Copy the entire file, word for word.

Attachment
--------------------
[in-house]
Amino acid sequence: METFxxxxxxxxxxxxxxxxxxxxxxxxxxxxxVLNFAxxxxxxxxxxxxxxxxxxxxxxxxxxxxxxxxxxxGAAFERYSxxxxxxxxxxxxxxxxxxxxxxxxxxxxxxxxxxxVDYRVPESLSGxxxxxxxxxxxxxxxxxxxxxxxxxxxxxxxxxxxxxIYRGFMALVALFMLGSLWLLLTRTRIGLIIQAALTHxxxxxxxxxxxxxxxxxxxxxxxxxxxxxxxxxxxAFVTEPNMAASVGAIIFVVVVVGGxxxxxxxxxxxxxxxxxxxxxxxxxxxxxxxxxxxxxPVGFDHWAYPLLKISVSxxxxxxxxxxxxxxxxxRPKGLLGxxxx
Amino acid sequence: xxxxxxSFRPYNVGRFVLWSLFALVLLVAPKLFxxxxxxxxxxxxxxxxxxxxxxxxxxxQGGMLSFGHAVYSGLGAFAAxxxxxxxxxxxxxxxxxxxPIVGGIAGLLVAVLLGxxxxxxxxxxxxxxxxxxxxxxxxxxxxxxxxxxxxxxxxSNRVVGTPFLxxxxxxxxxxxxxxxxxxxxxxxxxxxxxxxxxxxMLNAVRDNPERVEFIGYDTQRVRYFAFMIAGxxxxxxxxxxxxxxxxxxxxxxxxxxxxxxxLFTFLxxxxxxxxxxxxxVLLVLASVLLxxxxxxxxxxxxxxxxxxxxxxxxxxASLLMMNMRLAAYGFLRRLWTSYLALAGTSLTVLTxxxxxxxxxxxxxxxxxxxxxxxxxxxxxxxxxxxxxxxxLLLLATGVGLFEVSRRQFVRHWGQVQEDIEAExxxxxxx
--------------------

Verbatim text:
[in-house]
Amino acid sequence: METFxxxxxxxxxxxxxxxxxxxxxxxxxxxxxVLNFAxxxxxxxxxxxxxxxxxxxxxxxxxxxxxxxxxxxGAAFERYSxxxxxxxxxxxxxxxxxxxxxxxxxxxxxxxxxxxVDYRVPESLSGxxxxxxxxxxxxxxxxxxxxxxxxxxxxxxxxxxxxxIYRGFMALVALFMLGSLWLLLTRTRIGLIIQAALTHxxxxxxxxxxxxxxxxxxxxxxxxxxxxxxxxxxxAFVTEPNMAASVGAIIFVVVVVGGxxxxxxxxxxxxxxxxxxxxxxxxxxxxxxxxxxxxxPVGFDHWAYPLLKISVSxxxxxxxxxxxxxxxxxRPKGLLGxxxx
Amino acid sequence: xxxxxxSFRPYNVGRFVLWSLFALVLLVAPKLFxxxxxxxxxxxxxxxxxxxxxxxxxxxQGGMLSFGHAVYSGLGAFAAxxxxxxxxxxxxxxxxxxxPIVGGIAGLLVAVLLGxxxxxxxxxxxxxxxxxxxxxxxxxxxxxxxxxxxxxxxxSNRVVGTPFLxxxxxxxxxxxxxxxxxxxxxxxxxxxxxxxxxxxMLNAVRDNPERVEFIGYDTQRVRYFAFMIAGxxxxxxxxxxxxxxxxxxxxxxxxxxxxxxxLFTFLxxxxxxxxxxxxxVLLVLASVLLxxxxxxxxxxxxxxxxxxxxxxxxxxASLLMMNMRLAAYGFLRRLWTSYLALAGTSLTVLTxxxxxxxxxxxxxxxxxxxxxxxxxxxxxxxxxxxxxxxxLLLLATGVGLFEVSRRQFVRHWGQVQEDIEAExxxxxxx